Faustino “Tito” Cruz, S.M., dean of the Graduate School of Religion and Religious Education, was elected president of the International Academy of Practical Theology on April 8.
The academy is a scholarly organization dedicated to the study of and critical reflection of theological thought and action. Its members, who span almost every continent, are professors and scholars who “look deeply into the heart of our religious tradition in order to interpret contemporary situations from religious and spiritual perspectives,” said Cruz. Put simply, they reflect in faith on the human condition and the natural world.
“The practical theologian’s role is to explore ways for humans and communities to be more fully alive,” said Cruz. “And to promote the integrity of all of God’s creation.”
Cruz was installed president at the academy’s biennial conference held in São Leopoldo, Brazil. Prior to his new appointment, he was vice president for two years and has been a member for more than a decade.
Cruz brings both a global and historical perspective to the international organization: He is its first president of Asian descent. Born and raised in Manila, Philippines, Cruz migrated to the United States in 1982. He serves other international organizations, both as a leader and a community member. As a teaching scholar, he has collaborated with migrant and refugee communities in the U.S. at the parish, diocesan, and national levels.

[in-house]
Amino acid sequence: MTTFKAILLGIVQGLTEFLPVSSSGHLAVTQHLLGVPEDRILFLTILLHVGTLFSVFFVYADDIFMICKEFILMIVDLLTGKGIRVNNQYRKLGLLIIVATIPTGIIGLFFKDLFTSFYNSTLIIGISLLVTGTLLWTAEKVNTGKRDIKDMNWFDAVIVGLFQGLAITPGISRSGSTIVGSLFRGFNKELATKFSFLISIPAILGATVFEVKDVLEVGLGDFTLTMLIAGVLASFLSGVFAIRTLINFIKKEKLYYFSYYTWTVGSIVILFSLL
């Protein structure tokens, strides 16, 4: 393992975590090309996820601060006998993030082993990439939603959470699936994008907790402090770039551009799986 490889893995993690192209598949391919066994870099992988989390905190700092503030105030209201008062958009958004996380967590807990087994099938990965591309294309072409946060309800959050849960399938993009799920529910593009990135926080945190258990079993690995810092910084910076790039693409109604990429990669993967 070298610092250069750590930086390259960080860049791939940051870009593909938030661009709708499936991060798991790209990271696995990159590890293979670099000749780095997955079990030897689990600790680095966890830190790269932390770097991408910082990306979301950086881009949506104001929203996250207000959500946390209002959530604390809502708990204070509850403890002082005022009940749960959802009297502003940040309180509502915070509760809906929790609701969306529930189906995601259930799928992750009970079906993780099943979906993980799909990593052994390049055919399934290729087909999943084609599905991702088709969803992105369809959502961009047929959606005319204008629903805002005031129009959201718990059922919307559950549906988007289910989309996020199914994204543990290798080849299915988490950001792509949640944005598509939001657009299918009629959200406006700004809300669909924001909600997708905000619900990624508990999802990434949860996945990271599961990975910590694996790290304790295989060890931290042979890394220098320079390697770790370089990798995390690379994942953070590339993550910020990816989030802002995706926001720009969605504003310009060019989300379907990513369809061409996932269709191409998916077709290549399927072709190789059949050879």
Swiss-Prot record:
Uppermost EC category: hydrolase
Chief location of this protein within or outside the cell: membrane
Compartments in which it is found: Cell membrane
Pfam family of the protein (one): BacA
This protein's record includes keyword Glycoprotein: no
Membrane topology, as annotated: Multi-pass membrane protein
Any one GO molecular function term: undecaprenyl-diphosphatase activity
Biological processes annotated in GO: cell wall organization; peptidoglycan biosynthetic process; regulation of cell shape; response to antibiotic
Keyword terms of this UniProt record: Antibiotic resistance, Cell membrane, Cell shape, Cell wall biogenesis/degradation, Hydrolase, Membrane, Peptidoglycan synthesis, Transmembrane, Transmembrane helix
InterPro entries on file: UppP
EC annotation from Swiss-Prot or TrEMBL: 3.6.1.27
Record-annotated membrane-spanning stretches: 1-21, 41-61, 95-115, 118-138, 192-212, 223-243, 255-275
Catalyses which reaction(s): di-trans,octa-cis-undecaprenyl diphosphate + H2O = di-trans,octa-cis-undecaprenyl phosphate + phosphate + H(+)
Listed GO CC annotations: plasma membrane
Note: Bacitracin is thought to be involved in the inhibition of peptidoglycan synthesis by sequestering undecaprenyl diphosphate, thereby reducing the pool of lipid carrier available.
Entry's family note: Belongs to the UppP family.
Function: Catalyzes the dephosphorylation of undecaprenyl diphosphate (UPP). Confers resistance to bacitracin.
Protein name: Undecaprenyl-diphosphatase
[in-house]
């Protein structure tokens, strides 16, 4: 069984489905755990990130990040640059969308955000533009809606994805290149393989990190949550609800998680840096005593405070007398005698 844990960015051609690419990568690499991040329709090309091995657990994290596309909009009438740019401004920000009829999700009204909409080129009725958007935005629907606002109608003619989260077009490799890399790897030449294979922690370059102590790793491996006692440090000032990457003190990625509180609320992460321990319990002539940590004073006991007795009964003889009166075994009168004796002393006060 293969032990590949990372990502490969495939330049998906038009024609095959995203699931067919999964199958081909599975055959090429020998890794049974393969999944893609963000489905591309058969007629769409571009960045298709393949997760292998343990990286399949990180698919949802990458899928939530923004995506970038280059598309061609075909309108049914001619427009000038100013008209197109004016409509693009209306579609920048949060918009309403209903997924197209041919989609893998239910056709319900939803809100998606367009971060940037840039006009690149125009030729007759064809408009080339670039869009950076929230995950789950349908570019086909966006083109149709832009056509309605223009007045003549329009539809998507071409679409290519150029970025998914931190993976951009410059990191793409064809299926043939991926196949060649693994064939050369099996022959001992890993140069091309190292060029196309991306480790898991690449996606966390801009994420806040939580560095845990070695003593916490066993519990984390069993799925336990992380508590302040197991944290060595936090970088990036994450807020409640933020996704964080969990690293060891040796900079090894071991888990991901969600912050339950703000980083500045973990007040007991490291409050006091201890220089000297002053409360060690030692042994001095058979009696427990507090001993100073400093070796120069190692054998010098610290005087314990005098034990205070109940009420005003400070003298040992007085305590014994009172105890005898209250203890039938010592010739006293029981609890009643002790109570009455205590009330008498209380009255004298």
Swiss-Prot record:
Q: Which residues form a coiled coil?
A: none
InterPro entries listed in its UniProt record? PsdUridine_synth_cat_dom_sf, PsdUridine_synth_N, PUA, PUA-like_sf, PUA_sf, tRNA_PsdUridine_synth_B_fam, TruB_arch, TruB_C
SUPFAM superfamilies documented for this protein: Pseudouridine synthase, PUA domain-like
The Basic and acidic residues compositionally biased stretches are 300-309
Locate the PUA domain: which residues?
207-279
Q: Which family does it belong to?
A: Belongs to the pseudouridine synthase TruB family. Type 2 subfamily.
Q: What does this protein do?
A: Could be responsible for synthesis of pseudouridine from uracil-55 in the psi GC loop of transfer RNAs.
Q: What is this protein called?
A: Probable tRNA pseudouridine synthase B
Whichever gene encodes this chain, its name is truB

As president, he aims to expand the organization’s global reach, especially when it comes to underrepresented scholars.
“I’d like to reach out especially to scholars who are unknown and somewhat hidden, particularly those who come from under-resourced countries and institutions,” he said.
Cruz also wants to promote a more inclusive theology that encompasses perspectives from all continents, rather than focusing on Europe and North America, which has been the case for decades.
The academy’s professional theologians intend to develop and train local or grassroots theologians. Cruz said he wants to promote an approach to theology grounded in people’s indigenous environment and human experiences, as opposed to abstract theories.
“We want to have more intentional and direct conversations about how ordinary people experience God in their daily life and struggle,” said Cruz, “and how those of us who do it professionally understand God.”